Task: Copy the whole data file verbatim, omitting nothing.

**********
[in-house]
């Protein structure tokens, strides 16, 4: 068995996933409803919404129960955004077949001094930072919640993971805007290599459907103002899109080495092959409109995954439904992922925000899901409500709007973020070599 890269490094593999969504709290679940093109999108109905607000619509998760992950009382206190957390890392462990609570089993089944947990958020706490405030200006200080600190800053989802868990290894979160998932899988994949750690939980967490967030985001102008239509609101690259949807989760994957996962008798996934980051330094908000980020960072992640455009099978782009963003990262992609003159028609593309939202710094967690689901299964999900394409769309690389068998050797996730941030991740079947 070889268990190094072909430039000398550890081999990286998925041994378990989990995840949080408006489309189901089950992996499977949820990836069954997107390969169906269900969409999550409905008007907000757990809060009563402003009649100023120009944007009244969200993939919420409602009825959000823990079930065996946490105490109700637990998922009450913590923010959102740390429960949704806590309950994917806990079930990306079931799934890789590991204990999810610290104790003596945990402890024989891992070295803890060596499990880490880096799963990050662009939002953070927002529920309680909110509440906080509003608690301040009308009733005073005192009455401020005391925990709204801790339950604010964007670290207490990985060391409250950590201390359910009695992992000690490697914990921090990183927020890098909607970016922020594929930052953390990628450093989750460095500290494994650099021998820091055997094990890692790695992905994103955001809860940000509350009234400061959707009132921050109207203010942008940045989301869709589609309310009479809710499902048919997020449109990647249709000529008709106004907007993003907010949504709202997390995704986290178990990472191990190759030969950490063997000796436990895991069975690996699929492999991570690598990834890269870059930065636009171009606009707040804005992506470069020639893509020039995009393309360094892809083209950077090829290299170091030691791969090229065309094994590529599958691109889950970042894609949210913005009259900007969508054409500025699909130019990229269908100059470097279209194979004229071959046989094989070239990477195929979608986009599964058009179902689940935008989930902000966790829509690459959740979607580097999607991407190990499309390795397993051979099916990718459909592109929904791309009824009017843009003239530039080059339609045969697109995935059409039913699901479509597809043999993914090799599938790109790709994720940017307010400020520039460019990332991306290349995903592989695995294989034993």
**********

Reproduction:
[in-house]
């Protein structure tokens, strides 16, 4: 068995996933409803919404129960955004077949001094930072919640993971805007290599459907103002899109080495092959409109995954439904992922925000899901409500709007973020070599 890269490094593999969504709290679940093109999108109905607000619509998760992950009382206190957390890392462990609570089993089944947990958020706490405030200006200080600190800053989802868990290894979160998932899988994949750690939980967490967030985001102008239509609101690259949807989760994957996962008798996934980051330094908000980020960072992640455009099978782009963003990262992609003159028609593309939202710094967690689901299964999900394409769309690389068998050797996730941030991740079947 070889268990190094072909430039000398550890081999990286998925041994378990989990995840949080408006489309189901089950992996499977949820990836069954997107390969169906269900969409999550409905008007907000757990809060009563402003009649100023120009944007009244969200993939919420409602009825959000823990079930065996946490105490109700637990998922009450913590923010959102740390429960949704806590309950994917806990079930990306079931799934890789590991204990999810610290104790003596945990402890024989891992070295803890060596499990880490880096799963990050662009939002953070927002529920309680909110509440906080509003608690301040009308009733005073005192009455401020005391925990709204801790339950604010964007670290207490990985060391409250950590201390359910009695992992000690490697914990921090990183927020890098909607970016922020594929930052953390990628450093989750460095500290494994650099021998820091055997094990890692790695992905994103955001809860940000509350009234400061959707009132921050109207203010942008940045989301869709589609309310009479809710499902048919997020449109990647249709000529008709106004907007993003907010949504709202997390995704986290178990990472191990190759030969950490063997000796436990895991069975690996699929492999991570690598990834890269870059930065636009171009606009707040804005992506470069020639893509020039995009393309360094892809083209950077090829290299170091030691791969090229065309094994590529599958691109889950970042894609949210913005009259900007969508054409500025699909130019990229269908100059470097279209194979004229071959046989094989070239990477195929979608986009599964058009179902689940935008989930902000966790829509690459959740979607580097999607991407190990499309390795397993051979099916990718459909592109929904791309009824009017843009003239530039080059339609045969697109995935059409039913699901479509597809043999993914090799599938790109790709994720940017307010400020520039460019990332991306290349995903592989695995294989034993």